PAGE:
Is it because it messes up actuarial tables for the insurance agencies? Is it because you wouldn't be able to claim higher rates for urban dwellers without angry mobs 'occupying' your parking lots? Or could it be something else?

Your thoughts are welcome.

www.sciencedaily.com
(visit the link for the full news article)



posted on Jan, 26 2012 @ 10:19 AM
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reply to post by Maxmars
 



Originally posted by Maxmars
The question for a conspiracy theorist is this: Why would the obvious truth be so severely and definitely underestimated, and for so long?


Reporting the truth about air pollution by cars would force government agencies to move away from gas-powered vehicles and onto alternative fuel vehicles, severely affect the oil industry? Skewing the pollution numbers low (which would be ea$y for $ome big corporation$ to do through lobbyi$t$) would let the people think that everything's OK and drill, baby, drill...

In other words, profit is the first, last and only concern.

That's my guess.



posted on Jan, 26 2012 @ 10:48 AM
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As an asthmatic and a smoker this subject is highly interesting to me.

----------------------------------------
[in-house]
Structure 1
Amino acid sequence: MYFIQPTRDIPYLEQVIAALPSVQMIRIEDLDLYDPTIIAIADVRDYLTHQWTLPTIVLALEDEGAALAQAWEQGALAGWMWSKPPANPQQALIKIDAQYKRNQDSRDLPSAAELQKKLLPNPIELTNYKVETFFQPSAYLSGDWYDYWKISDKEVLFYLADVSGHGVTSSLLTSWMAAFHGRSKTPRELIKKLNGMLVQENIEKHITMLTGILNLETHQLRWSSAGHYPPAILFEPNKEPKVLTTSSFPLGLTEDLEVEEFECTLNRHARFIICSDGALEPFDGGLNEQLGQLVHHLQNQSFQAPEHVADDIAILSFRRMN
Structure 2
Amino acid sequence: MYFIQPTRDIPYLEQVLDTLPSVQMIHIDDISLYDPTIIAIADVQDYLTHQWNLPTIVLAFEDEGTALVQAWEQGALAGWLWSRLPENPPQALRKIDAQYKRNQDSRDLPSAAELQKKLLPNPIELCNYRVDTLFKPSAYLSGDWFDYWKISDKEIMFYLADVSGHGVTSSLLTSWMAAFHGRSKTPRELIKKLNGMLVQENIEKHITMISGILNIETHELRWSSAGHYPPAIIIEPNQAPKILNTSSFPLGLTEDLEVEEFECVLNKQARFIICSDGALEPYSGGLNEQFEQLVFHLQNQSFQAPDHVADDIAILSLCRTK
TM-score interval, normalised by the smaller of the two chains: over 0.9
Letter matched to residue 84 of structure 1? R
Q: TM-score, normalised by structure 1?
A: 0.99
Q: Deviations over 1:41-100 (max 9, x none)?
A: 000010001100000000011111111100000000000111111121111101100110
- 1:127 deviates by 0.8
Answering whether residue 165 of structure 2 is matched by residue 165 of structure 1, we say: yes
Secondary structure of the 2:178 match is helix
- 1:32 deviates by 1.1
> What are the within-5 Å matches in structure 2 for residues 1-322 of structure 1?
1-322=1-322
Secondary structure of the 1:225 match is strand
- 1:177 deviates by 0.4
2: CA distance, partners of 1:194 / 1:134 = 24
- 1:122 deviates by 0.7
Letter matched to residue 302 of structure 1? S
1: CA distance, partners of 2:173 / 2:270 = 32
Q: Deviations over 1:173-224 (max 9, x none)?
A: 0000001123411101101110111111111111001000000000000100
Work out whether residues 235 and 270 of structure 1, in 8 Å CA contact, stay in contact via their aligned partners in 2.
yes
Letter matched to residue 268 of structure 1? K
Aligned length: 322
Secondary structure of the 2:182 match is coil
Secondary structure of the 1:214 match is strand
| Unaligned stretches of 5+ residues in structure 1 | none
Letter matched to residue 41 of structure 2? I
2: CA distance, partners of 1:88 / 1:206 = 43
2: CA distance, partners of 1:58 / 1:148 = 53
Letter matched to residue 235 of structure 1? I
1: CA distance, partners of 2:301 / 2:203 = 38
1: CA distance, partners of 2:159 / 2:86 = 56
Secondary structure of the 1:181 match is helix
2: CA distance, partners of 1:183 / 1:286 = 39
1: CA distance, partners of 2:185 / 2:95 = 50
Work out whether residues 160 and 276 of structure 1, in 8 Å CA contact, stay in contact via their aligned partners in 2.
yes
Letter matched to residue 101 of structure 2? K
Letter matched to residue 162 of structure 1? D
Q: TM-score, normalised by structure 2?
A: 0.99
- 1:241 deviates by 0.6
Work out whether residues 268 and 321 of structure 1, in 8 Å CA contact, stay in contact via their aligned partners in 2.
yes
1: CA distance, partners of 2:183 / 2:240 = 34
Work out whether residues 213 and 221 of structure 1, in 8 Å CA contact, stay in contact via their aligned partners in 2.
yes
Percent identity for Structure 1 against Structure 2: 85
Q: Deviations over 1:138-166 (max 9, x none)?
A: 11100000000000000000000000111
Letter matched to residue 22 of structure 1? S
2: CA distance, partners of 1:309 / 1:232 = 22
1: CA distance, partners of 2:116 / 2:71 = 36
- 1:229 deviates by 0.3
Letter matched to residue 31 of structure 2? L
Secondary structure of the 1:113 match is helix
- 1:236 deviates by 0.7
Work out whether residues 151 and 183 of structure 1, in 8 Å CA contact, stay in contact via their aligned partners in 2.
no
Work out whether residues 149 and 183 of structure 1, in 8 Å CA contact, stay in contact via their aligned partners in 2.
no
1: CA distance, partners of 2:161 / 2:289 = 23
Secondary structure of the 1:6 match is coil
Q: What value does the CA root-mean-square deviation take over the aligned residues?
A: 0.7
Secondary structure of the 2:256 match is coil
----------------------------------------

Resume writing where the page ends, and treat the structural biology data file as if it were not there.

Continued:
I've often opined that smoking is used as a scapegoat for industrial and automotive pollution, particularly as the number of smokers is continually reducing while asthma is increasing.

People seem blind to the obvious - I've had people complain about me smoking within 10 feet of them while stood right next to a busy stretch of road. They fail to understand that the tiny amounts of smoke they may inhale from my cigarette (however unlikely or impossible that is) is nothing compared to the sheer volume of pollution pouring from the exhausts of the vehicles that surround us and the factories belching smoke into the sky every day.

There could be a variety of explanations, but I would assume that if the true extent of the damage done by pollution was revealed then there would be serious financial and legal consequences for the corporations involved. This is especially true if, as I believe, that this pollution is the leading cause of lung cancer - not smoking.

I wouldn't suggest for a minute that smoking is a healthy habit, but I sincerely doubt it is as harmful as we are told - it's just too convenient.
edit on 26/1/2012 by Malvenkemo because: Spelling



posted on Jan, 26 2012 @ 10:55 AM
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From an "observational" standpoint, crowded roads and the pollution they create can literally make you sick.

I used to have a nifty little convertible sports car. On pleasant days in the DFW area, after work, I would put the top down for the drive home. Time and time again I would be caught in stop-and-go traffic on 35-E, for up to an hour at a time. All those car exhaust fumes would make me totally ill, by the time I got home, I would be headachey, nauseous, dizzy, and be coughing a lot. Plus I would be irritable and cranky because, if you've ever driven in DFW, you know how completely insane the drivers are there. Rude, pushy, and dangerous.